Step 1 – Preparation and Presentation
- Careful assessment of the rental value is essential, along with the good presentation of the property. Over-optimism of the rent will lead to no interest from prospective tenants and a loss of rental income. Poor presentation will deter people from wanting to view or put them off the property during a viewing.
- Good photos of the exterior and interior are essential to attract quality tenants who will look after the property. If tenants think you care about the property they will be attracted to the house and be prepared to look after it themselves once they’ve moved in.
- A high-profile and clearly identifiable To Let board enables viewers to easily find the property and tenants are drawn towards reliable and honest agents who they believe will look after the property once they move in.
- A database of waiting tenants can be searched and details emailed within minutes of the property being listed on our books.
- Well laid out office/showroom windows to catch the eye of any visiting tenants and car parking outside the door is a bonus.
Step 2 – Effective Marketing
- Advertising effectively on the internet is vital. Market properties on all the major property portals, not just the business website.
- Accurate and honest descriptions of your property should appear on the websites complete with external and internal colour photographs providing you with a “virtual estate agency” working 24 hours a day, 7 days a week.
Step 3 – Interest and Enquiries
- Pick a property manager whose office is open 7 days a week to service any enquiries on your behalf.
- Look out for a trained, full-time, team of co-ordinators, experienced in matching tenants to available properties, and eliminating the “not-so-good” leads that private landlords struggle to manage effectively.
Step 4 – Viewings
- Tenants cannot always view properties during the day so find a managing agent that is available to do evening viewings during the week and at the weekend. This fits in with tenants’ expectations of good service and it gives the agent more opportunities to attract the quality tenants you are looking for.
- Pick an agent who demonstrates that the agents have knowledge of the area and can provide information to prospective tenants about the location, amenities, public transport, shopping, entertainment, etc.
Step 5 – Feedback
- Make sure the agents are set up to obtain feedback as they show the property and will pass on this feedback to you with advice on how to make the property more attractive to prospective tenants if need be.
- Historically, tenants didn’t negotiate with rental property but in the last 5 years the market has changed and tenants often now make offers. These offers need to be negotiated professionally if you are to achieve the best rent in the market.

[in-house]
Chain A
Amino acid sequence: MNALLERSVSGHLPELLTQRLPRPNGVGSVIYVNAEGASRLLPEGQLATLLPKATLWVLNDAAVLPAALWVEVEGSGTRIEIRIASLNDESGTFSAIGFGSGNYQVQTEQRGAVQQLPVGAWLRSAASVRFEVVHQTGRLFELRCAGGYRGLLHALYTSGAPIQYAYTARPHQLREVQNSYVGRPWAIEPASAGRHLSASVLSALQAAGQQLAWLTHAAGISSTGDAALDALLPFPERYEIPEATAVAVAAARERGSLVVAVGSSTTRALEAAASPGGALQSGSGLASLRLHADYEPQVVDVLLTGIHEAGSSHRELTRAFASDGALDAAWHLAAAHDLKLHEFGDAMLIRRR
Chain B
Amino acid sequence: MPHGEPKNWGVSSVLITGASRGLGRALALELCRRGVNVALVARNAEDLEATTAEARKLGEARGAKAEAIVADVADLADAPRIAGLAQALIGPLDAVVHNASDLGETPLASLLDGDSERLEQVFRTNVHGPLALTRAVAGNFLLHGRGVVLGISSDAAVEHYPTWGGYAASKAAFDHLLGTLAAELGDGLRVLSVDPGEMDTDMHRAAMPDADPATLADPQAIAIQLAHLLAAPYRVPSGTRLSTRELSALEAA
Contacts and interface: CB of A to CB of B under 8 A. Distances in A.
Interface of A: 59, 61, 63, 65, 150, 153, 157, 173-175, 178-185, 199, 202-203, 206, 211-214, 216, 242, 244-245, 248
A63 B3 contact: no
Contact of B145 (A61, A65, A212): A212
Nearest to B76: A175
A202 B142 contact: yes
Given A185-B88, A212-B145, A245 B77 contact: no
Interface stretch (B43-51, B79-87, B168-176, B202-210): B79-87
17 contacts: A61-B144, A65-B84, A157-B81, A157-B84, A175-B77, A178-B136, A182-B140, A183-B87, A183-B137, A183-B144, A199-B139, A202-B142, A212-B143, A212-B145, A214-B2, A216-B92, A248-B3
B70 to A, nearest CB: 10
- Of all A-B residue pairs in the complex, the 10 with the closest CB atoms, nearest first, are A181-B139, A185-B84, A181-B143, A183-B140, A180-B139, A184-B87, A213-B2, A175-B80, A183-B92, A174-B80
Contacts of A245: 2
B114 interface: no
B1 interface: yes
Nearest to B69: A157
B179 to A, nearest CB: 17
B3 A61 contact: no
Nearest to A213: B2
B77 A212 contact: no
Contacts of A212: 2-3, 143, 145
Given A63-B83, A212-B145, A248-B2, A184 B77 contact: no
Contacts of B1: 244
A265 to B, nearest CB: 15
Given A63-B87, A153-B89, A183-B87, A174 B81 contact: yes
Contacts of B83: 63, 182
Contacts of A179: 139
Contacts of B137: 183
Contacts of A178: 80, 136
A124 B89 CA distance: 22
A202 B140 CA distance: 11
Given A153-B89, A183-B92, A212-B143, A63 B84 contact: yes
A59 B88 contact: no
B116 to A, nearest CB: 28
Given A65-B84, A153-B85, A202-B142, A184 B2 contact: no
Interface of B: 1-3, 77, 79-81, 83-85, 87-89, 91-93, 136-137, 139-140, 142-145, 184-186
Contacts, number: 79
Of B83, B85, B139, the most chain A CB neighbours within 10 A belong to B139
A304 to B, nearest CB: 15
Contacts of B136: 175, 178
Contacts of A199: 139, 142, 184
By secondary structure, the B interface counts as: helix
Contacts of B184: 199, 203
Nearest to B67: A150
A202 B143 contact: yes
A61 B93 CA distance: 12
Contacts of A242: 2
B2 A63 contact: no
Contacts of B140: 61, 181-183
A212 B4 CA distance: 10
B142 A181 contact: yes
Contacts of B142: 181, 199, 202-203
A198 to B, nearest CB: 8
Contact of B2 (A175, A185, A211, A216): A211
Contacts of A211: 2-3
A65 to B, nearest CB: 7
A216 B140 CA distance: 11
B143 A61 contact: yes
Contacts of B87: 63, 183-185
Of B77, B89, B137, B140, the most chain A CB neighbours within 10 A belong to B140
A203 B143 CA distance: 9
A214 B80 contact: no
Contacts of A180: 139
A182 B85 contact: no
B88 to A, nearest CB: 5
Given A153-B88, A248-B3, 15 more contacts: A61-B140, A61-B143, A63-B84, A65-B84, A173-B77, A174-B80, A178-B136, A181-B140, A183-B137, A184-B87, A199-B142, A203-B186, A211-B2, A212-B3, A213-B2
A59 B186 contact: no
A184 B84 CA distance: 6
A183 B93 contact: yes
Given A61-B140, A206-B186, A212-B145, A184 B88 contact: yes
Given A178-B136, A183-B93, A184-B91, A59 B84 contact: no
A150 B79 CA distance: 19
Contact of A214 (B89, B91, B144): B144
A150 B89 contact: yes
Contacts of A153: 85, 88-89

- Ensure that once you become a client you will have direct access to your agents by phone and email and that they offer a prompt and personal service.
- Ask how they track enquiries and ensure they are geared up to quickly analyse web-based enquiries.
Step 6 – Tenancy Applications
- Ensure your agent has staff trained in the tenant application process and that it adheres to current legislation and that they can competently interview and reference to determine their suitability for your property.
- Your agent should be well-versed in all the due-diligence checks when referencing tenants and should offer a 6 month rent guarantee on full management service provision.
Step 7 – Tenancy Set-Up
- A comprehensive Inventory and Schedule of Condition should be a standard service.
- An Assured Short-hold tenancy contract needs to be prepared and executed in compliance with all leading mortgage lenders criteria.
- The Agent will take bond money and rent in advance and set up standing orders for future rent payments, with the bond either being transferred to you if you are registering the bond with a recognised Tenancy Deposit Scheme or by the agent if they are handling the registration process for you.
- Meter readings are taken and utility companies notified of the change of occupier
Step 8 – Post Tenancy Set-Up Work
- An Agent should be able to provide an invoice and statement for tax purposes, along with initial rental monies paid and provide this on a monthly basis.
- Choose an Agent who is able to provide general information on taxation and tax-deductible items of expenditure along with regular revaluations for potential Capital Gains Tax liabilities if this is to be a long-term letting.
- Annual safety checks should be a standard
- Quarterly inspections of properties by a surveyor are ideal, with reporting to you on the general condition of the property, whether the tenants are looking after it (and whether we recommend resigning them upon the expiry of the fixed-term) and highlighting any repairs that may be required and any future maintenance that may be needed, allowing you to plan and budget appropriately.
- Ensure your Agent will take care of any repairs on your behalf with fully qualified contractors.
- Your tenants should have access to our Maintenance Department 7 days a week by phone, email via the Agent’s website with contractors available 7 days a week – and ideally have a 24/7 emergency response team for those jobs that just can’t wait.
- Make sure your Agents can be fully supportive towards the end of the fixed term agreement with regards to review, negotiation of new terms if appropriate, re-signing of contracts or re-letting of the property.
- Choose an Agent who deals with the Post-Departure Inspection, handle the return of the tenants bond and deal with any disputes at the end of any tenancy agreements.